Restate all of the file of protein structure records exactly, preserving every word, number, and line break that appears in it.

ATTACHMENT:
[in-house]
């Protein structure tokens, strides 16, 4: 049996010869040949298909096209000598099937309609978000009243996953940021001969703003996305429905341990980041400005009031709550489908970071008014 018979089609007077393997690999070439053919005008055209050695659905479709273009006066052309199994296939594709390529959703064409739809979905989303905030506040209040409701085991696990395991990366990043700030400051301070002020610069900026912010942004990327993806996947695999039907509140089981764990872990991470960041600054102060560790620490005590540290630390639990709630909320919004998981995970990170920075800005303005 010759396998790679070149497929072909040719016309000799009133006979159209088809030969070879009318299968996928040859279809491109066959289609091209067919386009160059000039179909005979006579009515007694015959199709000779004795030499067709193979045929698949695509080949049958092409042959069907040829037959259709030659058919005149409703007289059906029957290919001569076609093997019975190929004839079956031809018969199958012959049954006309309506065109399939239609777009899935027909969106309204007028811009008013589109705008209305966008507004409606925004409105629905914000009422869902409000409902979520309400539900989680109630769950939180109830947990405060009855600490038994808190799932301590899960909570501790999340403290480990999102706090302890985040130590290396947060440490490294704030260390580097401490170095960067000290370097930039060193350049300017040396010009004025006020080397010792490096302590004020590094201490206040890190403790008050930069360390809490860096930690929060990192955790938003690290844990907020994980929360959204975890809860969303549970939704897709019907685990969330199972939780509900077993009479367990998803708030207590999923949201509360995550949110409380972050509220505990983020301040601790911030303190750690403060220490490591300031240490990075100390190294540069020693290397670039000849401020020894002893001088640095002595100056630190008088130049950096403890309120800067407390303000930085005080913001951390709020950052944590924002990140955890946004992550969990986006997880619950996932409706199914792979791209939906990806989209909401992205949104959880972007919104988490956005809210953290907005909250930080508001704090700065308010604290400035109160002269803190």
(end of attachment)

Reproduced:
[in-house]
């Protein structure tokens, strides 16, 4: 049996010869040949298909096209000598099937309609978000009243996953940021001969703003996305429905341990980041400005009031709550489908970071008014 018979089609007077393997690999070439053919005008055209050695659905479709273009006066052309199994296939594709390529959703064409739809979905989303905030506040209040409701085991696990395991990366990043700030400051301070002020610069900026912010942004990327993806996947695999039907509140089981764990872990991470960041600054102060560790620490005590540290630390639990709630909320919004998981995970990170920075800005303005 010759396998790679070149497929072909040719016309000799009133006979159209088809030969070879009318299968996928040859279809491109066959289609091209067919386009160059000039179909005979006579009515007694015959199709000779004795030499067709193979045929698949695509080949049958092409042959069907040829037959259709030659058919005149409703007289059906029957290919001569076609093997019975190929004839079956031809018969199958012959049954006309309506065109399939239609777009899935027909969106309204007028811009008013589109705008209305966008507004409606925004409105629905914000009422869902409000409902979520309400539900989680109630769950939180109830947990405060009855600490038994808190799932301590899960909570501790999340403290480990999102706090302890985040130590290396947060440490490294704030260390580097401490170095960067000290370097930039060193350049300017040396010009004025006020080397010792490096302590004020590094201490206040890190403790008050930069360390809490860096930690929060990192955790938003690290844990907020994980929360959204975890809860969303549970939704897709019907685990969330199972939780509900077993009479367990998803708030207590999923949201509360995550949110409380972050509220505990983020301040601790911030303190750690403060220490490591300031240490990075100390190294540069020693290397670039000849401020020894002893001088640095002595100056630190008088130049950096403890309120800067407390303000930085005080913001951390709020950052944590924002990140955890946004992550969990986006997880619950996932409706199914792979791209939906990806989209909401992205949104959880972007919104988490956005809210953290907005909250930080508001704090700065308010604290400035109160002269803190």